The giant electronic ticker in Havana
The US has turned off a giant electronic billboard at its diplomatic mission in the Cuban capital, Havana.
The screen, put up during the Bush administration, scrolled news and messages in 1.5m (five-foot) high letters, angering the Cuban government.
Cuban authorities had tried to block it from view with placards and flags.
The decision to turn off the ticker comes as the US seeks to improve relations with Cuba.
The ticker, set up in 2006, streamed news and political messages to the Cuban people from the fifth floor of the US Interest Section in Havana.
It prompted what came to be known as "the battle of the billboards".
Cuba's then-leader Fidel Castro accused the US mission of becoming the "headquarters of the counter-revolution".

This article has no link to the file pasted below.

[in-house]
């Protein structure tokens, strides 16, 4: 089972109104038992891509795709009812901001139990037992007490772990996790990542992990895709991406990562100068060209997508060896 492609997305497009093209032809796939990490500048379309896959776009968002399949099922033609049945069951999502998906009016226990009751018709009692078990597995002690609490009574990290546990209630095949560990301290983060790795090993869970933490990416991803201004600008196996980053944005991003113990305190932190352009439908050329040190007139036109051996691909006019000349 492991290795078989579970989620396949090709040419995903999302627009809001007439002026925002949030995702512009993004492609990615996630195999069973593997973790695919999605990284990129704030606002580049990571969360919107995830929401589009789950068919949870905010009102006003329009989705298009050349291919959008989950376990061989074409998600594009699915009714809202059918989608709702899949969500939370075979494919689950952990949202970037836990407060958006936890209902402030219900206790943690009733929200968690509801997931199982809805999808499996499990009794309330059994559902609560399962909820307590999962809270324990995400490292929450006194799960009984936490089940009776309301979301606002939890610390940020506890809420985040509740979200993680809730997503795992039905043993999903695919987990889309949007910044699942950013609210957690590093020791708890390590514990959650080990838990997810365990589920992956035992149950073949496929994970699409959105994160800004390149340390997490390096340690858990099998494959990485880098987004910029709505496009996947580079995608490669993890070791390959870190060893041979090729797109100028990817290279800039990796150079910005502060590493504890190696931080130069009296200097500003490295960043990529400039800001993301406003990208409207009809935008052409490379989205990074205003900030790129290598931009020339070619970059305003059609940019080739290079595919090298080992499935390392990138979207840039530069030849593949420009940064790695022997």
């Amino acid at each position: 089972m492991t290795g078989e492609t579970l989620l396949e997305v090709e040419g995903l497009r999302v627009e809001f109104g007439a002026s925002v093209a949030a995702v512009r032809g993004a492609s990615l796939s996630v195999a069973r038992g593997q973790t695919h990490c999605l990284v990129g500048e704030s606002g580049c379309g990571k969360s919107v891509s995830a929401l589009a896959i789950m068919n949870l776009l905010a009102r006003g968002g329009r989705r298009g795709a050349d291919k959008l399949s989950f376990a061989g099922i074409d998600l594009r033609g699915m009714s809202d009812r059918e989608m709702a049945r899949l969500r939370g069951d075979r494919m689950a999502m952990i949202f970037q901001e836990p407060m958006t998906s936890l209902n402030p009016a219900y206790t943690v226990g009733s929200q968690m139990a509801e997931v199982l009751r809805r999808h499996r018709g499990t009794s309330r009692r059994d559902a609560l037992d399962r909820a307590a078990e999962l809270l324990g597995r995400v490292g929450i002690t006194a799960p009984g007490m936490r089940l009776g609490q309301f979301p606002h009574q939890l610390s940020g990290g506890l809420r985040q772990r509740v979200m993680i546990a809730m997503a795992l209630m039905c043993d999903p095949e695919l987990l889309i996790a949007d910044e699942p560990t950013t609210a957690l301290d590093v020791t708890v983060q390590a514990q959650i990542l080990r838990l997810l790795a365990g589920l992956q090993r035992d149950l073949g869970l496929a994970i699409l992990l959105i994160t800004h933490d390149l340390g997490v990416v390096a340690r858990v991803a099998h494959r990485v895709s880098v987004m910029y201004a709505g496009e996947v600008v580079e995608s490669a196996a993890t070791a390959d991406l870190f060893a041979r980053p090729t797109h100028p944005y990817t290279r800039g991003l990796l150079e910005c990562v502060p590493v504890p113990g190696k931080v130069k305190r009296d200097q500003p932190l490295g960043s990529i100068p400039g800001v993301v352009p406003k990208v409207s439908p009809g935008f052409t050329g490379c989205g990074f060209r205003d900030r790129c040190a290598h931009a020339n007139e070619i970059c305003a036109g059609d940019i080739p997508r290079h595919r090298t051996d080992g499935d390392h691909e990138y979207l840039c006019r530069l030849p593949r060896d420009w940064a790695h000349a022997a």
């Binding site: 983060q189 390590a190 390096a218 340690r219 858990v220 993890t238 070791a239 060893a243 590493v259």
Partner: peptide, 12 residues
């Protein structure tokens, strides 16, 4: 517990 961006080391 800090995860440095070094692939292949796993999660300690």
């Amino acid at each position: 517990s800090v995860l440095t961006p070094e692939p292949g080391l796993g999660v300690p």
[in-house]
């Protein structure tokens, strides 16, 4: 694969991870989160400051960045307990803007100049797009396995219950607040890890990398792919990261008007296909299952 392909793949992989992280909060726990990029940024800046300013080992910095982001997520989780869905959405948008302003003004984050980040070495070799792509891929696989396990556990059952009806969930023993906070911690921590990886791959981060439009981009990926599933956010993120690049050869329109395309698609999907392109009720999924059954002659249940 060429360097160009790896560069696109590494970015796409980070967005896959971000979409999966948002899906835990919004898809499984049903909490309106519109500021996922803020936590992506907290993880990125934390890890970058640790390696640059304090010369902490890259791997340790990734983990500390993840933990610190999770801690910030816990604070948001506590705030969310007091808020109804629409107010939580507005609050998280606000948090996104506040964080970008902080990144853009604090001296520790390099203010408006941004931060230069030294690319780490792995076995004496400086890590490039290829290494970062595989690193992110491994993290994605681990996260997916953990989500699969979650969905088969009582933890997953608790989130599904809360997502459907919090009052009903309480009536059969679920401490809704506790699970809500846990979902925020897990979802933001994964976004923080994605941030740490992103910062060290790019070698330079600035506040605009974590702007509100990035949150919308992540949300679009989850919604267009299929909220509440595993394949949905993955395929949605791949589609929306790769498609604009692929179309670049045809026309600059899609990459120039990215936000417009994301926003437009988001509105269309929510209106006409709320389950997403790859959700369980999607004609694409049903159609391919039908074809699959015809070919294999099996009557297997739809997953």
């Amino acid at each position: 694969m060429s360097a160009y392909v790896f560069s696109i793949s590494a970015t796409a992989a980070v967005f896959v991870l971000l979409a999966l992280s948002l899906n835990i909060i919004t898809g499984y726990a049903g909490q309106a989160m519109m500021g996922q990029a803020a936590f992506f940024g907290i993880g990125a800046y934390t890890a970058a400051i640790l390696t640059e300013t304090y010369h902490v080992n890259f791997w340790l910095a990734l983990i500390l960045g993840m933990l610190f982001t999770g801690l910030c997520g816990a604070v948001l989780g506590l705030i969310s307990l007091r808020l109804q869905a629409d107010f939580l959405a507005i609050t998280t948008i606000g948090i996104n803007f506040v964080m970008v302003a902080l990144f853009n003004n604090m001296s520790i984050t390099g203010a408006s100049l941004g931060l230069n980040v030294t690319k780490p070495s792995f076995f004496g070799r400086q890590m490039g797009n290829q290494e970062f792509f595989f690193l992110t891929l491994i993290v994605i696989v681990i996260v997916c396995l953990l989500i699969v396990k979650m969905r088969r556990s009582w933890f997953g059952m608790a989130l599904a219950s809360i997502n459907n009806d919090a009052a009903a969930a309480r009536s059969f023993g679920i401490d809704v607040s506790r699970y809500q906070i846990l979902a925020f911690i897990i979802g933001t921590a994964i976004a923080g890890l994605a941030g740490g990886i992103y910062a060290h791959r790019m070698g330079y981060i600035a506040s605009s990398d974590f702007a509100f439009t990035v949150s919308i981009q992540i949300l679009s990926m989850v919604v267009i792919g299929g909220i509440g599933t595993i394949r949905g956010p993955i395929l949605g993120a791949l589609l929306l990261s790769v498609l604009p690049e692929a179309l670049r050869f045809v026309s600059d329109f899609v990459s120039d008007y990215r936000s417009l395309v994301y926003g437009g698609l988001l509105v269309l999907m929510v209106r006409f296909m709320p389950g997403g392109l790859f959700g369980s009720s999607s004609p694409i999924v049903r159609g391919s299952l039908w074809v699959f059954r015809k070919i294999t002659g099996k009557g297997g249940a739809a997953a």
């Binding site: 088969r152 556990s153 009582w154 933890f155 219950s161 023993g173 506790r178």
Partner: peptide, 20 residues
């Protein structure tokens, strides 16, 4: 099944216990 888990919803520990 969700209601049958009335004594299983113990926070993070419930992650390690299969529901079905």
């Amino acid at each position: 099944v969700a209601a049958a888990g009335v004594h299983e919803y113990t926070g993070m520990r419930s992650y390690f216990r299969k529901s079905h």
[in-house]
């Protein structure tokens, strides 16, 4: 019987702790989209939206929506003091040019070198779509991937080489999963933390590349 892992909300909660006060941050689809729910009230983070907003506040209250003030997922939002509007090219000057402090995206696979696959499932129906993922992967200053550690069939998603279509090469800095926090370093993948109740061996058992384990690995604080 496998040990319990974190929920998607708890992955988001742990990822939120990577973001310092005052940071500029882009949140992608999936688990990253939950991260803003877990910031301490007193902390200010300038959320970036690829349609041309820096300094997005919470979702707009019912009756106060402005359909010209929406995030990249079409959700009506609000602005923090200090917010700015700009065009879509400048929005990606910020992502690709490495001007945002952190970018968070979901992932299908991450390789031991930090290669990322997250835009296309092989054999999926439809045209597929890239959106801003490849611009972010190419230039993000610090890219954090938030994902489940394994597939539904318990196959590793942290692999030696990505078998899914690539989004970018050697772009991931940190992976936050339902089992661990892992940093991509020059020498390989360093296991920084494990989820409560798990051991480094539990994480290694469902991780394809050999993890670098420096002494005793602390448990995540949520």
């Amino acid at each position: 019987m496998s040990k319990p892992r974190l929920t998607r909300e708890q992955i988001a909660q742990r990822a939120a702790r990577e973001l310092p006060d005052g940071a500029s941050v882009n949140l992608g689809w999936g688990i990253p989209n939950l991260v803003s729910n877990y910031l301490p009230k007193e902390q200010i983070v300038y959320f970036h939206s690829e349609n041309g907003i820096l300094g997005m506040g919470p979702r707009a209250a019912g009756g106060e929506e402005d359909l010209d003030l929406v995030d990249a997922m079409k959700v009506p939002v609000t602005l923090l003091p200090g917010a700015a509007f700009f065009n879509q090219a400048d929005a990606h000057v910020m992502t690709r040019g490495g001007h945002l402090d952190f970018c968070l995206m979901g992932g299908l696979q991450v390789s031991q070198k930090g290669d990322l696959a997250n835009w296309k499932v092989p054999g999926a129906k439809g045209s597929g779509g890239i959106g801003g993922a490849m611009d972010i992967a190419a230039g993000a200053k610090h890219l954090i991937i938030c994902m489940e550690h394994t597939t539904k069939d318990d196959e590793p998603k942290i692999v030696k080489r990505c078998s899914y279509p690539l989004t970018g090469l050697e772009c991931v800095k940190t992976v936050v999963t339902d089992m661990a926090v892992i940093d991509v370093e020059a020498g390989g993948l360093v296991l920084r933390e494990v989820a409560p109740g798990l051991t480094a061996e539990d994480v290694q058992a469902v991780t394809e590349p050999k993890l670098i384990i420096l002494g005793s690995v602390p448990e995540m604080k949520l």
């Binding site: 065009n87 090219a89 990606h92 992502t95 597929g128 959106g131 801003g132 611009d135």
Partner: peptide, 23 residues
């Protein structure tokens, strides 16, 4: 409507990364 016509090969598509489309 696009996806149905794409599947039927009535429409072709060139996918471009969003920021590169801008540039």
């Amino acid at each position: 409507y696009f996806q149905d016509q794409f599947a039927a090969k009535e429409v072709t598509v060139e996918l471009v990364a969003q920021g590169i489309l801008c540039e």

He also ordered a million people to march around the mission in protest.
The ticker was turned off in June, but correspondents say that because of the obstructions erected by Cuban authorities, no-one seems to have noticed.
A US state department spokesman, Ian Kelly, confirmed on Monday that the ticker was no longer operating, as it was "really not very effective as a means of delivering information to the Cuban people".
He added that President Barack Obama's decision to allow US communications companies to do business with Cuba would bolster the flow of information to the island.
Earlier in July, US and Cuban officials held their first talks since 2003 on Cuban migration to the US.